65-4 


* 92-695 




92-7 


4 






67-7 


91717 






2 






72-3 


* 91-257 




91-4 


4 






74-5 


89-734 













81-8 


89-177 




87-4 
85-5 



1 






844 


* 84-632 




84-60 
81-5 


4 
In 






21806-0 


80-246 




80-4 
74-2 


3 
In 


1-25 




26-4 


64-862 




650 


2 




6T 


21900-4 


62-772 




62-9 


1 






10-4 


* 60-157 


4560-16 


60-3 


4 






22-9 


59-215 




56-5 


1 
In 






27-5 


* 54-696 


54-70 


54-71 


6r 






49 3 


* 52-281 


52-28 


52-5 Pt 


4 






609 


* 50-112 


5011 


50-3 


3 






714 


49-589 




49-6 


2 






739 


* 48-030 


48-03 


48-2 


4 






81-4 


* 47 463 


47-46 


47.6 


4 






84-2 


47-105 




47 3 
45-4 

44-0 


2 

In 

1 






859 


42-848 


42-85 


42-7 
420 
414 


1 

In 

In 


1-24 




22013-1 




4005 


40-2 
36-0 
35 


In 
In 
In 


» 




201 



* Rowland and Tatnall : 4599-265, 4592-699, 4591-285, 4584-619, 4560-168, 
4554-697, 4552293, 4560121, 4548031, 4547467. 



72 



REPORT — 1904. 







Ruthenium— 


-continued. 
















Reduction to 






Spark Spectrum 




Vticuum 




Wave-length 
(Kayser) 






Intensity 
and 




Oscillation 
Frequency 










Arc Spectrum 


Adeney 


Exner and 
Haschek 


Character 


X + 


1 

A 


in Vacuo 


4531035 


4531-04 


4531 -2 


4 


1-24 


61 


22063-9 


25-616 













903 


* 21-110 


21-11 


21-3 


4 






22112-4 


* 17-977 


17-98 


18-2 


4 






27-7 


* 17-060 


17-06 


173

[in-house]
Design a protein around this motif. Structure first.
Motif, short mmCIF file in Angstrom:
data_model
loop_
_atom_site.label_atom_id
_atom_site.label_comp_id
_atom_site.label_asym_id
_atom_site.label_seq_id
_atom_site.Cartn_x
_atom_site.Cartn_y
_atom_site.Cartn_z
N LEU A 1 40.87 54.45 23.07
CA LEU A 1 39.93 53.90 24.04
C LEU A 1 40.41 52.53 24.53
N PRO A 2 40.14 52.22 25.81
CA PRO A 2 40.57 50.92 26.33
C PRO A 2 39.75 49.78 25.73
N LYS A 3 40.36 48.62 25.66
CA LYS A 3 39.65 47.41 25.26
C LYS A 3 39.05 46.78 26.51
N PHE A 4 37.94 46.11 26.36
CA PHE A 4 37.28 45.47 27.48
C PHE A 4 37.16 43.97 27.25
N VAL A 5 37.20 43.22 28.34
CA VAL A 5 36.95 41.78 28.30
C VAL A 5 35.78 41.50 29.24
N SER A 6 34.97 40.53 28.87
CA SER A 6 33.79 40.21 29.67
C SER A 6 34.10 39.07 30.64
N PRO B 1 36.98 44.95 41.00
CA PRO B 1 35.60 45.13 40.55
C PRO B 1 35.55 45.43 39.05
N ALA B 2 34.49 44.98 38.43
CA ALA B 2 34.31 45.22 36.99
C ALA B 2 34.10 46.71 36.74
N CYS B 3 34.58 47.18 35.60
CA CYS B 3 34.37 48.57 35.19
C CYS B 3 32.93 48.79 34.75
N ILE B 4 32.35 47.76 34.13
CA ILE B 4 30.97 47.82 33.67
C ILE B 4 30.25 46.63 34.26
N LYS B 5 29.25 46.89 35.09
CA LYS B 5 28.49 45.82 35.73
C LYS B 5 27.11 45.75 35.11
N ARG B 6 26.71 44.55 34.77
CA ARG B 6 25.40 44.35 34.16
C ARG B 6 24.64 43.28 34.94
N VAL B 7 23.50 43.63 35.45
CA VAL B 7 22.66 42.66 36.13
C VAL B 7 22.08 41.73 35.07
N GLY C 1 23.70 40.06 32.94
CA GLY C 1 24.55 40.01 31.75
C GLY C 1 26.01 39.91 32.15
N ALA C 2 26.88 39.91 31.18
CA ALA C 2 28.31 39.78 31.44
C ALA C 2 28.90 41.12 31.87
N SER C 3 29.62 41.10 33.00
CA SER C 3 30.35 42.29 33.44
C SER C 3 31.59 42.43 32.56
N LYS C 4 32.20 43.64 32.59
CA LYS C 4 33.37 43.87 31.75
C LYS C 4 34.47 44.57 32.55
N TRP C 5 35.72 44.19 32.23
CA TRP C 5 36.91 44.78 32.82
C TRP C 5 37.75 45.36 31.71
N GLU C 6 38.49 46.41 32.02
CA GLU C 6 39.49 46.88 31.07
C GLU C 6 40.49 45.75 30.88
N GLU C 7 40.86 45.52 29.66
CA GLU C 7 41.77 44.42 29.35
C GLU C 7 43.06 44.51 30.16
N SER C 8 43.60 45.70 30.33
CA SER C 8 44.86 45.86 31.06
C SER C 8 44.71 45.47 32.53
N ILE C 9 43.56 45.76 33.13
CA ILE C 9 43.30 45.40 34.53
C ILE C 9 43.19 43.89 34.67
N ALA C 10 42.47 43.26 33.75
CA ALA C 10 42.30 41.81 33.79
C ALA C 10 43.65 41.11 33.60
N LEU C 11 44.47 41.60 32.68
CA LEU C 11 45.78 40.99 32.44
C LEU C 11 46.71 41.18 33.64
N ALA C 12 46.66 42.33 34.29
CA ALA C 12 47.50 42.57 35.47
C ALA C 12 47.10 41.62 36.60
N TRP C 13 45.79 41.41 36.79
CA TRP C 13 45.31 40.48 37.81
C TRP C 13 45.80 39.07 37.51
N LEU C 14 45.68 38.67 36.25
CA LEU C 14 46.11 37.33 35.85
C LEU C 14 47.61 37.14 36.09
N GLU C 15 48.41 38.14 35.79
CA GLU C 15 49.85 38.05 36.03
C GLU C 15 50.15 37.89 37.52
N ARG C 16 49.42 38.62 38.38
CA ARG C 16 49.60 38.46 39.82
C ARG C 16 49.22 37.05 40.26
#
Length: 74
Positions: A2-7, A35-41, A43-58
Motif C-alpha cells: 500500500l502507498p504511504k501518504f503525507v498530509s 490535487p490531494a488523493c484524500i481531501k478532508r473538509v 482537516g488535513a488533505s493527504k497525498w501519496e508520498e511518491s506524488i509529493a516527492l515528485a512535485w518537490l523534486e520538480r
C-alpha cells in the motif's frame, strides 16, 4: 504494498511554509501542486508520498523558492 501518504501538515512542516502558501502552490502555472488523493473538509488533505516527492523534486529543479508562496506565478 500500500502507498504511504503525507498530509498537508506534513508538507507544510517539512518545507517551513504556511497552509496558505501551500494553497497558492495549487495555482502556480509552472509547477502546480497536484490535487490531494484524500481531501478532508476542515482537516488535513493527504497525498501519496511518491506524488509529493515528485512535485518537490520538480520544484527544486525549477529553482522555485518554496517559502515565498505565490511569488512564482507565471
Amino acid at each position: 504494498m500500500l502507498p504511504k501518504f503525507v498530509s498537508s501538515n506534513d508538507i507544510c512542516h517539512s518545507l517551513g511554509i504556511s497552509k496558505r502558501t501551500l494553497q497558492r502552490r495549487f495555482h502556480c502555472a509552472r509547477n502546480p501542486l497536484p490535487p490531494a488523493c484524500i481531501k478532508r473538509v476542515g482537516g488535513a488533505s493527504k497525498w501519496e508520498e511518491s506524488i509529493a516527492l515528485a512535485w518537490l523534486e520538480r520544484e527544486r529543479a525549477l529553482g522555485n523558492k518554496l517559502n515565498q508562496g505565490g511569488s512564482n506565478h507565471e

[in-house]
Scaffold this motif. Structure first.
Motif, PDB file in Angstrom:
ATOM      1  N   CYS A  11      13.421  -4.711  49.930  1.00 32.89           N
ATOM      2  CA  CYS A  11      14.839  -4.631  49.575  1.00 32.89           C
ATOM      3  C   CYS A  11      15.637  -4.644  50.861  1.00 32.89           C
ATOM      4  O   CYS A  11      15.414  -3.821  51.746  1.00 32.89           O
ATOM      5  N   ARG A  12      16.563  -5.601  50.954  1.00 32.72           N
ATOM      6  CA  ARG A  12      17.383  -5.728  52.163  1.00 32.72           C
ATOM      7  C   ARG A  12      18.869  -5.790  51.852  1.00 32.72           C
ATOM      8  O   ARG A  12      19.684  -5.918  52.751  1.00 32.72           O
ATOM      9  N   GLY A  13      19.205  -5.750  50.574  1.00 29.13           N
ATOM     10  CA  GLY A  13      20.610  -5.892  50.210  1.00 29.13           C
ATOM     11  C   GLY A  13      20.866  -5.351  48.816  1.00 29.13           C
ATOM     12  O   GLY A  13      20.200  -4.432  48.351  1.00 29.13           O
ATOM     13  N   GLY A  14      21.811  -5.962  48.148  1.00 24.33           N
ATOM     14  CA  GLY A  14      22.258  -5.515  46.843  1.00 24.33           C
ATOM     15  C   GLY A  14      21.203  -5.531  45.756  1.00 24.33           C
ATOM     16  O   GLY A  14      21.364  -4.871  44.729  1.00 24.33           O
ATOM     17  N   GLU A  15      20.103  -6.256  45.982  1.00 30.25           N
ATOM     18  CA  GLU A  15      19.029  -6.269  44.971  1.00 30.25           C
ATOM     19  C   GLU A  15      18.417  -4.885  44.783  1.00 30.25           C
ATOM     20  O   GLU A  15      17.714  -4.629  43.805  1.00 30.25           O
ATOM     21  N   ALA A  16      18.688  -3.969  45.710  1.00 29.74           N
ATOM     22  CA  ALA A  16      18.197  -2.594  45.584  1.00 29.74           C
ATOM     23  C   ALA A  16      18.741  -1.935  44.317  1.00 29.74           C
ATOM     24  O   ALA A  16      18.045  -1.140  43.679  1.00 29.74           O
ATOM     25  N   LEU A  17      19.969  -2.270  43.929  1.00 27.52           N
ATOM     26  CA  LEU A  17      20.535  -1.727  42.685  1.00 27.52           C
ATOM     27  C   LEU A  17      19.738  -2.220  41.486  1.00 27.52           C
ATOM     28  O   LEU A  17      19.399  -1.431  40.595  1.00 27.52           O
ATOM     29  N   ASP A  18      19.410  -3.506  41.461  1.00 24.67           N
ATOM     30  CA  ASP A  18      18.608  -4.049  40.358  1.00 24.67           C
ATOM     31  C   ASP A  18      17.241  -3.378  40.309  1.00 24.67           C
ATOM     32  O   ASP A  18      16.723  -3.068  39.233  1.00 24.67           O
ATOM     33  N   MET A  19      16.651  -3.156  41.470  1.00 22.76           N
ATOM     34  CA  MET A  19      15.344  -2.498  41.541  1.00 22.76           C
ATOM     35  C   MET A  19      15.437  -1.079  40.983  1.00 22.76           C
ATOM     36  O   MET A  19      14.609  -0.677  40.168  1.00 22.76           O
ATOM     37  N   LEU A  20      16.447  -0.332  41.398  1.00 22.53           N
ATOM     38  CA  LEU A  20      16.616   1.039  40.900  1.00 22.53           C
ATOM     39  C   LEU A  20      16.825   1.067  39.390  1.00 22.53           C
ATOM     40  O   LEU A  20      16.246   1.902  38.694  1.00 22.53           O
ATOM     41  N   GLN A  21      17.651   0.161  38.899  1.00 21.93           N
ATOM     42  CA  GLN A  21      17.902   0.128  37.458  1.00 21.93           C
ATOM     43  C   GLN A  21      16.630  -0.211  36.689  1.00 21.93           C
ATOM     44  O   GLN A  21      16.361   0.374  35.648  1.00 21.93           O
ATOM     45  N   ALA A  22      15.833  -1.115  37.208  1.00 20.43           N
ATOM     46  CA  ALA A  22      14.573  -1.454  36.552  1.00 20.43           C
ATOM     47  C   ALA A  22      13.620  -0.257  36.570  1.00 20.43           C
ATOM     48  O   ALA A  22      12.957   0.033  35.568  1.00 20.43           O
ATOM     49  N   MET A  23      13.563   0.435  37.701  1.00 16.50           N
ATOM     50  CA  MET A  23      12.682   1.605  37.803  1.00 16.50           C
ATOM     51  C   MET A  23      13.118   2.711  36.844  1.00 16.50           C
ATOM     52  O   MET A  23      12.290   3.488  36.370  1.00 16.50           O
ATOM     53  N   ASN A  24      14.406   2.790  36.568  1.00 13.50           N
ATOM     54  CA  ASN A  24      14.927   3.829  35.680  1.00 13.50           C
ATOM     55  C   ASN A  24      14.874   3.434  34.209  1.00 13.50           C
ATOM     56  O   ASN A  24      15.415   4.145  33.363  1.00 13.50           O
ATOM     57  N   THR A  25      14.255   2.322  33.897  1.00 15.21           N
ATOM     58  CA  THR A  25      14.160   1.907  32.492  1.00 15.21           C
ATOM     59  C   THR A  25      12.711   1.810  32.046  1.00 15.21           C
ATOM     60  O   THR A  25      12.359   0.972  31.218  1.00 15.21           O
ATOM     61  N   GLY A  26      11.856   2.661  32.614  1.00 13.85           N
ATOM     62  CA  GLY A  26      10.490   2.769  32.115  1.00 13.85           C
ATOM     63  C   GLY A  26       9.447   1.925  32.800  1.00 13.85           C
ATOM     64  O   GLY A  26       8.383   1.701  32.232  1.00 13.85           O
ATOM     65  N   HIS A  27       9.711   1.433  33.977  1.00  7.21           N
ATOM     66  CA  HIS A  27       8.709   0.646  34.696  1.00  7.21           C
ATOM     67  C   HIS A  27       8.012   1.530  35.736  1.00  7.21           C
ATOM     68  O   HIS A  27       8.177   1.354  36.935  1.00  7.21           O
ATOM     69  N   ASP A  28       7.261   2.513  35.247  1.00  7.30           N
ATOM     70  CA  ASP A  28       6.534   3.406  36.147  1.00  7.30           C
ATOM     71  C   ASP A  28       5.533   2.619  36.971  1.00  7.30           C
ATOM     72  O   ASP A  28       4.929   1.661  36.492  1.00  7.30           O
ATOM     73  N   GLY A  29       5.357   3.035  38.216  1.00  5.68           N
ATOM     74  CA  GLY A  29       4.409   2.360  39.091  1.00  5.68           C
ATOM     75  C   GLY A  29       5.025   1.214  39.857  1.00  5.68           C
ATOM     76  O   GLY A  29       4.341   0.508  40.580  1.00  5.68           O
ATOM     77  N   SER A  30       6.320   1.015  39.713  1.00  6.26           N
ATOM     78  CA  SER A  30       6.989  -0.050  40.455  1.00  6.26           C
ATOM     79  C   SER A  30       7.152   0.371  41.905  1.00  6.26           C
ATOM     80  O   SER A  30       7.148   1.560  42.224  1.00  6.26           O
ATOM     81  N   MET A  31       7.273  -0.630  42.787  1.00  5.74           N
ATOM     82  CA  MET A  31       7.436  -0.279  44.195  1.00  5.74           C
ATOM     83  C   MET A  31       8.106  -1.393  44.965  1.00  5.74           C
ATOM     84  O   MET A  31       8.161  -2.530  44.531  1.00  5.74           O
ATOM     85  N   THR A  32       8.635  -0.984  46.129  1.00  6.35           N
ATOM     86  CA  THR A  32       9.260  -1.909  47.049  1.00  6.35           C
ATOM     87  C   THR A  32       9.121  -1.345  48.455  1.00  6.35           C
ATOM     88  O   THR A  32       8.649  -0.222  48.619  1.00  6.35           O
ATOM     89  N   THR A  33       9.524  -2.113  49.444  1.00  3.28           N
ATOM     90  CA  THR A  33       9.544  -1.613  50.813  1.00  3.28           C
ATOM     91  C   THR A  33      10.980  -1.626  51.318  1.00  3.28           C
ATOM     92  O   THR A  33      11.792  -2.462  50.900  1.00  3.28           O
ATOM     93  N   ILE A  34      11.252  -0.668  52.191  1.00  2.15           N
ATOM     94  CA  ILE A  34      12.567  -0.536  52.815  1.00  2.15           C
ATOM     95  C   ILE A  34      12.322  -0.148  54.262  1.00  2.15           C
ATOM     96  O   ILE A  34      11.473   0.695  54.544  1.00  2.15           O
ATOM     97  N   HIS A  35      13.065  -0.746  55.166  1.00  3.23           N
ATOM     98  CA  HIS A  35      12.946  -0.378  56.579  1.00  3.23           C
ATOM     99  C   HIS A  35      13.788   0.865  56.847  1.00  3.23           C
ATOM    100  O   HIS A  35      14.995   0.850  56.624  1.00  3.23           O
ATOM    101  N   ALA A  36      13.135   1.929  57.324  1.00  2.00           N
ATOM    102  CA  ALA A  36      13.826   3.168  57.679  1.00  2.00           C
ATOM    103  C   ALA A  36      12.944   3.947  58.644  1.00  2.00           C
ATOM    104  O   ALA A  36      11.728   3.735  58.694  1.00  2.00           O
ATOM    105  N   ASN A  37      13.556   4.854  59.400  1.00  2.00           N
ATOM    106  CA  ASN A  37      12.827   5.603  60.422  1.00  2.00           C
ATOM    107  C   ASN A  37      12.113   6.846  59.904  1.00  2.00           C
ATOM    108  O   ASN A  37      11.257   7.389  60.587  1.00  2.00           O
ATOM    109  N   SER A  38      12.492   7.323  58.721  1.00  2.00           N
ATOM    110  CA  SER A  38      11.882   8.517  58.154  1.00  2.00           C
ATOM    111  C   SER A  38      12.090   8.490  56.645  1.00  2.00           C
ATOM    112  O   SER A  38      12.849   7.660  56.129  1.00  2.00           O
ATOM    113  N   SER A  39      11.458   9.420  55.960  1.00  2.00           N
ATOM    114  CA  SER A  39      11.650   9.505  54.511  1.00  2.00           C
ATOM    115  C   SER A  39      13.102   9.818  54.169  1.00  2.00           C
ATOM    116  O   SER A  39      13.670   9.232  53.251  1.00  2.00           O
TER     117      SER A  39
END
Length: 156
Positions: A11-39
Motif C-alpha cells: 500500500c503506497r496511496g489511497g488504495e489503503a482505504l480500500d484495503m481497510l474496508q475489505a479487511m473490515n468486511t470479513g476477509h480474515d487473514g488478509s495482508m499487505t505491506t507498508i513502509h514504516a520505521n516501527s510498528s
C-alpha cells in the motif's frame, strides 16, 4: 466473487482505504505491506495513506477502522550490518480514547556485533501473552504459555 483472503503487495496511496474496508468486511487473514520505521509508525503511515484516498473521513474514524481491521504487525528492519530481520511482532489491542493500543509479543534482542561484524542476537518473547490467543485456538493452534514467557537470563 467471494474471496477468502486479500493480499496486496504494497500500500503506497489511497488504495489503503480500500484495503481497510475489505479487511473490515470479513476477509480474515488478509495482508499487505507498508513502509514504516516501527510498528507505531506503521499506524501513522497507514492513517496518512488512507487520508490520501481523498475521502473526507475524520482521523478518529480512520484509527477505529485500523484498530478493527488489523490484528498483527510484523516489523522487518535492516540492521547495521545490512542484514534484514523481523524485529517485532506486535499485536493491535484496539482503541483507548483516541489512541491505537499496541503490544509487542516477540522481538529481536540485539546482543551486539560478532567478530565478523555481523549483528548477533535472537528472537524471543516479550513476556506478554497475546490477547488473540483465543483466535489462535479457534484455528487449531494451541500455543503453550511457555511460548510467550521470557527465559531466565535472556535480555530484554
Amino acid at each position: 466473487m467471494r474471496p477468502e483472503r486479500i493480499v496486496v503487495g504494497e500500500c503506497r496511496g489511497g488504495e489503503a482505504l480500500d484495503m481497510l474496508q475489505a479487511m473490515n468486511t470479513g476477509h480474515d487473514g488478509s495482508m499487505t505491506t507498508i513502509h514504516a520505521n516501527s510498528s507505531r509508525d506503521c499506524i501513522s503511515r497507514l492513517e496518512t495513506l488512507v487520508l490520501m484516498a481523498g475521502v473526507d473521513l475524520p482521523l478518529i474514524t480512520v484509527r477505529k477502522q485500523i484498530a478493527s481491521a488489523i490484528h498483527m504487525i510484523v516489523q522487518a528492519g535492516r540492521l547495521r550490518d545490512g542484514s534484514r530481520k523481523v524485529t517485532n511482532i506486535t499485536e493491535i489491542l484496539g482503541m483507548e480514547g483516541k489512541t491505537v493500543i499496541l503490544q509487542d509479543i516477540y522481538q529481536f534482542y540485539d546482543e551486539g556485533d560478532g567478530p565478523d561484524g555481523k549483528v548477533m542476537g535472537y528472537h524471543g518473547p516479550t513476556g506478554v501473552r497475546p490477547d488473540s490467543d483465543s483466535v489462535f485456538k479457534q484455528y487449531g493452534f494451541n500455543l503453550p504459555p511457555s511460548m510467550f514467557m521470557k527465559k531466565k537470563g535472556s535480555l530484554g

4 






32-2 


16-421 


16-42 


166 


2 






35-3 


* 11-353 


11-35 


US 


4 






60-2 


* 10-251 


10-25 


104 


4 






65-6 


08-715 


08-72 


08-8 


q 






73-2 


08-192 




08-3 


1 






75-7 


*4498-322 


4498-32 


4498-30 


4 


1-23 




22219 4 


91846 


91-85 


921 


2 




C-2 


56-4 


90-396 


9040 


90 5 


2 






63-5 


88-550 


88-50 


88-7 


4 






72-7 


82-194 


82-19 


82-3 


2 






22304-3 


* 80-603 


80-60 


80-7 


4 






12-2 




79-80 


79 7 


1 




,, 


16-3 


75-493 




75-7 


2 






37-7 


* 74-093 


74-09 


74-2 


4 






44-7 


71-200 













59-2 




70-69 


70-8 


1 






61-7 


67-427 




67-6 


2 


1-22 




78-0 


66-511 






2 






82-7 


65-649 


65-65 




1 






87-0 


64-661 


64-66 











91-9 


* 60-209 


60-21 


60-19 
53-5 . 


6 
In 






22414-3 


* 49-509 


49-51 


49-50 


4 






68-2 


* 44-674 


44-67 


44-8 
43-3 


4 
In 






92-6 


40-245 













225091 


* 39-938 


39-94 


39-98 


5 






16-6 


39-574 




38-0 


2 
1 






18-5 


30-478 






1 


1-21 


6-3 


64-6 


* 28-624 




28-65 


4 






741 


26-182 


26-18 




1 






86-5 


24 958 




25-2 


3 






92-8 


23143 




'23-3 


1 






22602 


* 21-629 


21-63 


21-7 


4 






09 8 


21-006 


2101 


21-2 


4 






130